One fundamental goal of object-oriented programming is to create reusable design elements. Perhaps the single most compelling reason for creating reusable elements is that after the object or reusable element is designed, debugged , and working well, it can be inserted wherever it's neededwithout worrying whether it will work or having to rewrite it. This saves a tremendous amount of time, as I'm sure you can imagine. Before Release 4 of Notes, there was only a single reusable design object: the shared field. Release 4 introduced subforms and script libraries. R5 introduced shared actions, image resources, and applets. Designer 6 added Cascading Style Sheets, files, and Data Connection Resources (DCRs). All the shared design elements are now collected in the Shared Code and Shared Resources categories in the Design list.
Creating and Using Subforms
Subforms are designed exactly like forms and can contain text, fields, graphics, layout regions , buttons , actions, and so on. Subforms contain common data elements, actions, and scripts. Deciding what data items are candidates for subforms can be done by following good design principles and by comparing the data items among all the forms.
When comparing the data items, look for repeating elements. The rule of thumb to use when determining whether a subform should be created is this: Will this group of fields, actions, and so on be used in more than one form? If the answer is yes, a subform should be created. If the subform will be used in more than one database, it gets added to a design library.
Subforms can also be used to present data on the same document to different users in a different manner. You can do this by conditionally inserting the subform.
A subform is designed exactly like a form. To create a new subform, open the Shared Code category in the Design list, and click Subforms. Click the New Subform button. Figure 5.46 shows a subform in design that can be used to provide a common header for all forms in a database.
Figure 5.46. A subform can be used to provide a common appearance to all forms in a database.
The Subform properties box shown in Figure 5.46 has two tabs, the Subform Info tab and the Security tab. On the Info tab, you name the subform and add a comment, if appropriate. Because there is no alias field, add one by using the pipe symbol ( ) after the name of the subform, followed by the alias of the subform. Two check boxes at the bottom of the tab determine how the subform can be inserted: Include in Insert Subform Dialog and Include in New Form Dialog. If the latter is checked, whenever a new form is created, a dialog box opens displaying any subform with that property. The last two check boxes on the Info tab are Render Pass-thru HTML in Notes and Do Not Add Field Names to Index.
If subforms are present in the database, when you create a new form, you are automatically prompted to insert a subform. You can also insert subforms at design time by choosing Create, Insert Subform from the menu. The Insert Subform dialog box displays with a list of available subforms (see Figure 5.47).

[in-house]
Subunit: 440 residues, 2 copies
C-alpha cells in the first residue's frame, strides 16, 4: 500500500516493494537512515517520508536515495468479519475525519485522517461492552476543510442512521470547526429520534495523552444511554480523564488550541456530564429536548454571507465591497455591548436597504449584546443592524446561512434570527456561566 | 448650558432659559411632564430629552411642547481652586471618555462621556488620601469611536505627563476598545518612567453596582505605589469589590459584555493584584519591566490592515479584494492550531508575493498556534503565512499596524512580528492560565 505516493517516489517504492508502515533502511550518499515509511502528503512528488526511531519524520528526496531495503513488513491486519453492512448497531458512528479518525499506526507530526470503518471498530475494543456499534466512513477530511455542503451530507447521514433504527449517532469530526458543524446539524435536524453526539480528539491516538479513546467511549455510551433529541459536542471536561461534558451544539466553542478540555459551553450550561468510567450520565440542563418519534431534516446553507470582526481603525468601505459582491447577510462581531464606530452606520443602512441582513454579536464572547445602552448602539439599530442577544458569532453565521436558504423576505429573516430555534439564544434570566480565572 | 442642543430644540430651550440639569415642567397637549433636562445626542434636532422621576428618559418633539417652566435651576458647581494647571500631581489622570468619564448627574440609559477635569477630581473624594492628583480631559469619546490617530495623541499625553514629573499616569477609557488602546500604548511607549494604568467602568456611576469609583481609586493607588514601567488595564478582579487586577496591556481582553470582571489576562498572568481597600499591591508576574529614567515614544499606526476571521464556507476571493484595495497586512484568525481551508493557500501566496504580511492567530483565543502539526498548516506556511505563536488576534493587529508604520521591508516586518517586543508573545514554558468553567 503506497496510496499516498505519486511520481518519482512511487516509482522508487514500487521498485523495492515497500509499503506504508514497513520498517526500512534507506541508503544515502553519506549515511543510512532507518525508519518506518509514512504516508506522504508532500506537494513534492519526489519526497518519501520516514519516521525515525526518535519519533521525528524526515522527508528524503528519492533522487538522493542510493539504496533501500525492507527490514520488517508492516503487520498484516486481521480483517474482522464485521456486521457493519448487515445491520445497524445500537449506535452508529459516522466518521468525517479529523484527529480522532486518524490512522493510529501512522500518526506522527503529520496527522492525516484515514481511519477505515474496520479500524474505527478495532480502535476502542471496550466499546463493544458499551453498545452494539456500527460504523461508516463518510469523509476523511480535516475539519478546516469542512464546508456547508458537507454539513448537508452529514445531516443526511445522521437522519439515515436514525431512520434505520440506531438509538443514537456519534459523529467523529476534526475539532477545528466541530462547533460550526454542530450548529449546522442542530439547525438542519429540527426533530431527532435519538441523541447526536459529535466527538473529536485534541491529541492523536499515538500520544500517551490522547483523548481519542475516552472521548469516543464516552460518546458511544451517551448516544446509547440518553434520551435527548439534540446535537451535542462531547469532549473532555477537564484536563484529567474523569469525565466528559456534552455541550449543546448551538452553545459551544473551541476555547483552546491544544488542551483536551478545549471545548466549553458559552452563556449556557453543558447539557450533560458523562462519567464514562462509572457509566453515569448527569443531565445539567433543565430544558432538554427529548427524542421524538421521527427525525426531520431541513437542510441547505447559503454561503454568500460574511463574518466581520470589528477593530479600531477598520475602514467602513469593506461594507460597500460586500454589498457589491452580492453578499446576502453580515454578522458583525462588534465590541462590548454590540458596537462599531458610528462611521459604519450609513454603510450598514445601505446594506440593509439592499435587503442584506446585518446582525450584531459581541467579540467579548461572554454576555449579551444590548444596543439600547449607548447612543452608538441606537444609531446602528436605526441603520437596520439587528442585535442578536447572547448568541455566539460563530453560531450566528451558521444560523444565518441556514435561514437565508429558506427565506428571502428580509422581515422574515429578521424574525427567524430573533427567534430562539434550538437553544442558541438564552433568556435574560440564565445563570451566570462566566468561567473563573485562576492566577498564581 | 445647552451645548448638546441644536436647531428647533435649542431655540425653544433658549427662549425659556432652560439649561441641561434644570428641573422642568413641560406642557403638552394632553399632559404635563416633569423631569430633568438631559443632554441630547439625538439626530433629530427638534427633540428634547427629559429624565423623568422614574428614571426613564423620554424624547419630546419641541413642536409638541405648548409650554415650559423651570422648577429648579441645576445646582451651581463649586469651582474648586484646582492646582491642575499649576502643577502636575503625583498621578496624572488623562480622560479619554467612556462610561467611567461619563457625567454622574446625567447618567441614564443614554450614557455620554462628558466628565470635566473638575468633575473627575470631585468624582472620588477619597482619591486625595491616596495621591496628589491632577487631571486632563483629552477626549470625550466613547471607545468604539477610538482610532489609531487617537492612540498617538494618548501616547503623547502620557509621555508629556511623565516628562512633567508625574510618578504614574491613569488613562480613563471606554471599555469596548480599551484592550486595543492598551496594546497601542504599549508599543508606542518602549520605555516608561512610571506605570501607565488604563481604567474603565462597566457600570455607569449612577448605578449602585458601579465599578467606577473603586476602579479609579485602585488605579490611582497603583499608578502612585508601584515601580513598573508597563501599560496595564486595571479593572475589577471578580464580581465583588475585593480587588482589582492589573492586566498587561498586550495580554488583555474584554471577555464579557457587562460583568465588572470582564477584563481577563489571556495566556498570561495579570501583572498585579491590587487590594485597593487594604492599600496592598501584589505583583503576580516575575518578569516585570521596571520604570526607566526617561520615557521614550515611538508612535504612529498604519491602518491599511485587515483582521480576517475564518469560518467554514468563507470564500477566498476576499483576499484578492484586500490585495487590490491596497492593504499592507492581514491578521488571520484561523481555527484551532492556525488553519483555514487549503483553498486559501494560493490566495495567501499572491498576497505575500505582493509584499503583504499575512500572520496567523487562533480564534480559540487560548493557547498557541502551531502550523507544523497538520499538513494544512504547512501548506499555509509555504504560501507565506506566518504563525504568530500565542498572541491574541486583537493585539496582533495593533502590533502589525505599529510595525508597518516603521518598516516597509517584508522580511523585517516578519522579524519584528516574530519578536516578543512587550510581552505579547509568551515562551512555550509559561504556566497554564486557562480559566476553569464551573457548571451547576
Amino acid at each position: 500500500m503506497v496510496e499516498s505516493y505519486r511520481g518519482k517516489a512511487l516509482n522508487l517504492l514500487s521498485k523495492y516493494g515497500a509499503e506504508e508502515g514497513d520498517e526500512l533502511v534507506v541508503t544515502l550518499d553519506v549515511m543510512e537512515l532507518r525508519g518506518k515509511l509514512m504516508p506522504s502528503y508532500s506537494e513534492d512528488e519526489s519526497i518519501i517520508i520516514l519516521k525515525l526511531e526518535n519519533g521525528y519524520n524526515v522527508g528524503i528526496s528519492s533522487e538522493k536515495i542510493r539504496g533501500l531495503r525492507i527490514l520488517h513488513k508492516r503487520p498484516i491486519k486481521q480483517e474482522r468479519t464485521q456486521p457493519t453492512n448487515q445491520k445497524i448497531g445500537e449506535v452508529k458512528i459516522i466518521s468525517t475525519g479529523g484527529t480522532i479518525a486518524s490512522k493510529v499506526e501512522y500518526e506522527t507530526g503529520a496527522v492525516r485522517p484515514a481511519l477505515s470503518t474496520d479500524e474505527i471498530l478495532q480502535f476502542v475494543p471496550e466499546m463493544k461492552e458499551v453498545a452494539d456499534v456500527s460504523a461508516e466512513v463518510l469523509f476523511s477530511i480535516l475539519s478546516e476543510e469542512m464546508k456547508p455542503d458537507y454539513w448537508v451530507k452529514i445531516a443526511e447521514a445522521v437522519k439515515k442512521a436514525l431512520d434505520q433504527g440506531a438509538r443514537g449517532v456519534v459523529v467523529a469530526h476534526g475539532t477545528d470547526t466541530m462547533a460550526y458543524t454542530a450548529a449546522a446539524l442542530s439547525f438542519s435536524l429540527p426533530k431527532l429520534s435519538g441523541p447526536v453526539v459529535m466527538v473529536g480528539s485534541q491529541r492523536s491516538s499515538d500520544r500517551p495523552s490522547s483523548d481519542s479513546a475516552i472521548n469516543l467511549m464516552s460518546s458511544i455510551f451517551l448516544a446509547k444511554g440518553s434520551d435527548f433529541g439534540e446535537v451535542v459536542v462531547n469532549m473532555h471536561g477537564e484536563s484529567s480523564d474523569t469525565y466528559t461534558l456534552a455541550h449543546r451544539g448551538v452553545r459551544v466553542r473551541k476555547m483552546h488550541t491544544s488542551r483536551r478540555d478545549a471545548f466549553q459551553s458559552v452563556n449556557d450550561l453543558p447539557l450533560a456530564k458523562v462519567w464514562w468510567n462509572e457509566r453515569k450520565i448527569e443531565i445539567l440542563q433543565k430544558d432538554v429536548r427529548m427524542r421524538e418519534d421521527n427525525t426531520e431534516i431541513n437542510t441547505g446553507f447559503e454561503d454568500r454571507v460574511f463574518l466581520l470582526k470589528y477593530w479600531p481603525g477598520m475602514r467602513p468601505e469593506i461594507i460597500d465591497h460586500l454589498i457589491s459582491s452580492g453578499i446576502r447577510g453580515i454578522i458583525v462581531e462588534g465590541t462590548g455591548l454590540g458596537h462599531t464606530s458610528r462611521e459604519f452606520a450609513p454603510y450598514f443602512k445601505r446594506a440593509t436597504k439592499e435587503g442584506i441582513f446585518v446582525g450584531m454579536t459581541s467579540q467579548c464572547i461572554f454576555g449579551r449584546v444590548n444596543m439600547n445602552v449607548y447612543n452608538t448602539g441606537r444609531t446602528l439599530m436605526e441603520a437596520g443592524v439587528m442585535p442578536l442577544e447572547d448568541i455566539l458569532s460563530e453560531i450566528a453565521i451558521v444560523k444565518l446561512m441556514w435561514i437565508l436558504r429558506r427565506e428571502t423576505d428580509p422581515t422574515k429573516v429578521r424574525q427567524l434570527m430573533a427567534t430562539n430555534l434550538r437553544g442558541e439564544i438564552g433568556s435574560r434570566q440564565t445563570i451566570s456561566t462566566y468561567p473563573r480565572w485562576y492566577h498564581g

Figure 5.47. The Insert Subform dialog box allows you to choose a subform or to insert a subform based on a formula.
Subforms can also be inserted based on a formula. In that case, check the Insert Subform Based on Formula check box in the Insert Subform dialog box. The formula must evaluate to the name or alias of a subform.
Using Shared Fields
Shared fields are stored in the Resources, Shared Field Design list. Only the field definition is shared, not the data. To create a shared field, follow these steps:
A single-use field can be converted to a shared field by selecting the field and choosing Design, Share This Field from the menu. Alternatively, a shared field can be converted to a single-use field by choosing Design, Convert to Single Use.
Shared fields can be added to forms and subforms by clicking the Insert Shared Field toolbar icon or by choosing Create, Insert Shared Field from the menu. A dialog box similar to the Insert Subform dialog box appears, displaying the available shared fields.
To edit a shared field, go to the Shared Fields Design list and double-click the shared field entry. Figure 5.48 shows the Shared Field design window that occupies the entire design area.
Figure 5.48. A shared field in the design window is showing the Design pane and the properties box.
Shared fields can be quickly identified on a form by the double-thick border around the field name.
Part I. Introduction to Release 6
Whats New in Release 6?
The Release 6 Object Store
The Integrated Development Environment
Part II. Foundations of Application Design
Advanced Form Design
Using Shared Resources in Domino Applications
Using the Page Designer
Adding Framesets to Domino Applications
Automating Your Application with Agents
Part III. Programming Domino Applications
Using the Formula Language
Real-World Examples Using the Formula Language
Writing LotusScript for Domino Applications
Real-World LotusScript Examples
Writing Java for Domino Applications
Real-World Java Examples
Enhancing Domino Applications for the Web
Part IV. Advanced Design Topics
Accessing Data with XML
Accessing Data with DECS and DCRs
Security and Domino Applications
Creating Workflow Applications
Analyzing Domino Applications
Part V. Appendices
Appendix A. HTML Reference
Appendix B. Domino URL Reference